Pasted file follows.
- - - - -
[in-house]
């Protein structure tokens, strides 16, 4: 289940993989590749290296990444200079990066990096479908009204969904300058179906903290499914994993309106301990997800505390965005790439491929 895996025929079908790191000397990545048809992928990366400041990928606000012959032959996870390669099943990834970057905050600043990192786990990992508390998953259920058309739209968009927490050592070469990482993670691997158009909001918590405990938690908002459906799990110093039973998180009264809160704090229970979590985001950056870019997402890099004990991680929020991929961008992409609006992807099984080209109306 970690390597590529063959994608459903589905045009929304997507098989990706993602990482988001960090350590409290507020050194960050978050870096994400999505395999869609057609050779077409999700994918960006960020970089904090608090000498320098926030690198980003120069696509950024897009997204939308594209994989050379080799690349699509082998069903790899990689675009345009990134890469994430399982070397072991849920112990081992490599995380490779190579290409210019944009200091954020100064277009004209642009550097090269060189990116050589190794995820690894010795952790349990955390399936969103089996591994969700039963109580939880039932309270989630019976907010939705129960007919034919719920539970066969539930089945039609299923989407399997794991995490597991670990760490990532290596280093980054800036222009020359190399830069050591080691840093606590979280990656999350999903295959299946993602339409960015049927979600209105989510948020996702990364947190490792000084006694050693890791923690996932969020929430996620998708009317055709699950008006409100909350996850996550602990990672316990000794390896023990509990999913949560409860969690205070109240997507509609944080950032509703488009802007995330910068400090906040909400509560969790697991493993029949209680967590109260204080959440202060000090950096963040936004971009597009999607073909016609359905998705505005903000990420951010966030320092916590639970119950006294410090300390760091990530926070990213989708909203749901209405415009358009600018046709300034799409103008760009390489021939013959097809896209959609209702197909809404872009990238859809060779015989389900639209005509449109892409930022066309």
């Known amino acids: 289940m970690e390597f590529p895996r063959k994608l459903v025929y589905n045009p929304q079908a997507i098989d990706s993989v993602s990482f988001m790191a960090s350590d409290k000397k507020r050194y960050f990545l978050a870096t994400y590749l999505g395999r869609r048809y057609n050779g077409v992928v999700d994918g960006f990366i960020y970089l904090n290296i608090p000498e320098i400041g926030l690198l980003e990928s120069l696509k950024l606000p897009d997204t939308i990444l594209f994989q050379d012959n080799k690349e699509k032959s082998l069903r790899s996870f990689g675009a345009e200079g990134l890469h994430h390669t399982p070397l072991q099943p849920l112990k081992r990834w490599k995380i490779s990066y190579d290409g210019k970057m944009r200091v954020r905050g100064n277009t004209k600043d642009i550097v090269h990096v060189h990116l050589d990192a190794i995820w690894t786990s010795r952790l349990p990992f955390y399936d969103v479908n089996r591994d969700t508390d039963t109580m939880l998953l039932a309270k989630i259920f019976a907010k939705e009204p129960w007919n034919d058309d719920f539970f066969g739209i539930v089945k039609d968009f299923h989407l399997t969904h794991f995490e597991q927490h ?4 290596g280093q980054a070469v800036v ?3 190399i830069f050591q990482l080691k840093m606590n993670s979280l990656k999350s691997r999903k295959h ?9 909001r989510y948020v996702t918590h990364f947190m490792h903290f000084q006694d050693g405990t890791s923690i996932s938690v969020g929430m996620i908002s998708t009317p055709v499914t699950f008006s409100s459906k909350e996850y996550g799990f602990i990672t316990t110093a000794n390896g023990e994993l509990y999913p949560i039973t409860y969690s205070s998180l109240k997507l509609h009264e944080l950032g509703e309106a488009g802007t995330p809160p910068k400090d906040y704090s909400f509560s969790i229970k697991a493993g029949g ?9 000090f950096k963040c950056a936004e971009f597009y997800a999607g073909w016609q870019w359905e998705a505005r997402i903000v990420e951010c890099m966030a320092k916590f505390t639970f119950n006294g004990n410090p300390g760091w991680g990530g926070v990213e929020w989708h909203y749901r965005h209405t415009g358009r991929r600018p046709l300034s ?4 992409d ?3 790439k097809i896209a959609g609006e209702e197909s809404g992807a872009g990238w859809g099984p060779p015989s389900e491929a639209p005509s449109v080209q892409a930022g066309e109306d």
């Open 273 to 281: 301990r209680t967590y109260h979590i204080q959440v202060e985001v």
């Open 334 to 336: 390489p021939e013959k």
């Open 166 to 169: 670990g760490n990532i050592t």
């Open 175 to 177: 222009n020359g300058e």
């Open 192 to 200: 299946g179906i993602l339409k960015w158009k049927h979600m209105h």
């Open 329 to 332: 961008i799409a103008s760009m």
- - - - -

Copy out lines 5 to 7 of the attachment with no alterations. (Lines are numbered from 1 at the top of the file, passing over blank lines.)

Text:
């Open 334 to 336: 390489p021939e013959k």
């Open 166 to 169: 670990g760490n990532i050592t």
């Open 175 to 177: 222009n020359g300058e």